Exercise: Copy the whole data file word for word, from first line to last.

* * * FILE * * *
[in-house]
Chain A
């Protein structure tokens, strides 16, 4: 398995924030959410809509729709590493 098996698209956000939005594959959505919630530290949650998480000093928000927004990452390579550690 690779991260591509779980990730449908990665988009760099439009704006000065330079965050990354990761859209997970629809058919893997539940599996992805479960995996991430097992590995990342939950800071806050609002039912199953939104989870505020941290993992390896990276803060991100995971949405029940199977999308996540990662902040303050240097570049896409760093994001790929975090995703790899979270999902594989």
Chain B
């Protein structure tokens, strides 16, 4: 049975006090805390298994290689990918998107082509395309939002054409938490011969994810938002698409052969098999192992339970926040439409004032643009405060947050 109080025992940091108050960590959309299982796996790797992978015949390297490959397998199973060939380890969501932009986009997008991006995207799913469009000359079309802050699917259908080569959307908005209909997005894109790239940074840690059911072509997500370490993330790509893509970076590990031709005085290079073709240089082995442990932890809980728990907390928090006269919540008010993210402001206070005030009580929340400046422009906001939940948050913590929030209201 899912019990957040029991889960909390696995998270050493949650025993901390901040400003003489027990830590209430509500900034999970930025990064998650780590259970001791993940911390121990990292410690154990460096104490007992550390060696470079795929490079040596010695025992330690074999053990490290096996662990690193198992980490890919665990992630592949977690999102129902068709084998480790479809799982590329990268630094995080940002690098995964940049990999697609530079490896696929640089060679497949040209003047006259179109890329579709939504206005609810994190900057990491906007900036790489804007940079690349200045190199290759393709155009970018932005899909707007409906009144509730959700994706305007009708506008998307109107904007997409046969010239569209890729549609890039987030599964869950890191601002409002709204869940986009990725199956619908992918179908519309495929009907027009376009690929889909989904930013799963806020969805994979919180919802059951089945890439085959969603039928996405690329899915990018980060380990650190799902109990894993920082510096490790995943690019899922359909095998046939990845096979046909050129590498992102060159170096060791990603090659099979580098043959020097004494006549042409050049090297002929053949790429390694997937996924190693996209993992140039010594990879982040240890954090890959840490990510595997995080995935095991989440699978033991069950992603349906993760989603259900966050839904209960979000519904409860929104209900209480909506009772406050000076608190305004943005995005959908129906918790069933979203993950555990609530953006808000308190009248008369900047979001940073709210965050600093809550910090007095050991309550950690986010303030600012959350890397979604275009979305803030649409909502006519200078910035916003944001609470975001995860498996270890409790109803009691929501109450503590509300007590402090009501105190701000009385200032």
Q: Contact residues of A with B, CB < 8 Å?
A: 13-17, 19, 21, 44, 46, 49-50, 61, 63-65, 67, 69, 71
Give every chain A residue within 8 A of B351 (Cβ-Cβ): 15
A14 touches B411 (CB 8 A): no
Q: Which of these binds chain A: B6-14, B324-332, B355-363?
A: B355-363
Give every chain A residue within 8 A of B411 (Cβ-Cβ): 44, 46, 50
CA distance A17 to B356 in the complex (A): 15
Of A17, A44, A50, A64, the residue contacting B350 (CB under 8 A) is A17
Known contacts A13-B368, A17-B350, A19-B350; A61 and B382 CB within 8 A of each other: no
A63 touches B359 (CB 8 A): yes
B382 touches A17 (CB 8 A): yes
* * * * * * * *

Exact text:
[in-house]
Chain A
């Protein structure tokens, strides 16, 4: 398995924030959410809509729709590493 098996698209956000939005594959959505919630530290949650998480000093928000927004990452390579550690 690779991260591509779980990730449908990665988009760099439009704006000065330079965050990354990761859209997970629809058919893997539940599996992805479960995996991430097992590995990342939950800071806050609002039912199953939104989870505020941290993992390896990276803060991100995971949405029940199977999308996540990662902040303050240097570049896409760093994001790929975090995703790899979270999902594989």
Chain B
């Protein structure tokens, strides 16, 4: 049975006090805390298994290689990918998107082509395309939002054409938490011969994810938002698409052969098999192992339970926040439409004032643009405060947050 109080025992940091108050960590959309299982796996790797992978015949390297490959397998199973060939380890969501932009986009997008991006995207799913469009000359079309802050699917259908080569959307908005209909997005894109790239940074840690059911072509997500370490993330790509893509970076590990031709005085290079073709240089082995442990932890809980728990907390928090006269919540008010993210402001206070005030009580929340400046422009906001939940948050913590929030209201 899912019990957040029991889960909390696995998270050493949650025993901390901040400003003489027990830590209430509500900034999970930025990064998650780590259970001791993940911390121990990292410690154990460096104490007992550390060696470079795929490079040596010695025992330690074999053990490290096996662990690193198992980490890919665990992630592949977690999102129902068709084998480790479809799982590329990268630094995080940002690098995964940049990999697609530079490896696929640089060679497949040209003047006259179109890329579709939504206005609810994190900057990491906007900036790489804007940079690349200045190199290759393709155009970018932005899909707007409906009144509730959700994706305007009708506008998307109107904007997409046969010239569209890729549609890039987030599964869950890191601002409002709204869940986009990725199956619908992918179908519309495929009907027009376009690929889909989904930013799963806020969805994979919180919802059951089945890439085959969603039928996405690329899915990018980060380990650190799902109990894993920082510096490790995943690019899922359909095998046939990845096979046909050129590498992102060159170096060791990603090659099979580098043959020097004494006549042409050049090297002929053949790429390694997937996924190693996209993992140039010594990879982040240890954090890959840490990510595997995080995935095991989440699978033991069950992603349906993760989603259900966050839904209960979000519904409860929104209900209480909506009772406050000076608190305004943005995005959908129906918790069933979203993950555990609530953006808000308190009248008369900047979001940073709210965050600093809550910090007095050991309550950690986010303030600012959350890397979604275009979305803030649409909502006519200078910035916003944001609470975001995860498996270890409790109803009691929501109450503590509300007590402090009501105190701000009385200032």
Q: Contact residues of A with B, CB < 8 Å?
A: 13-17, 19, 21, 44, 46, 49-50, 61, 63-65, 67, 69, 71
Give every chain A residue within 8 A of B351 (Cβ-Cβ): 15
A14 touches B411 (CB 8 A): no
Q: Which of these binds chain A: B6-14, B324-332, B355-363?
A: B355-363
Give every chain A residue within 8 A of B411 (Cβ-Cβ): 44, 46, 50
CA distance A17 to B356 in the complex (A): 15
Of A17, A44, A50, A64, the residue contacting B350 (CB under 8 A) is A17
Known contacts A13-B368, A17-B350, A19-B350; A61 and B382 CB within 8 A of each other: no
A63 touches B359 (CB 8 A): yes
B382 touches A17 (CB 8 A): yes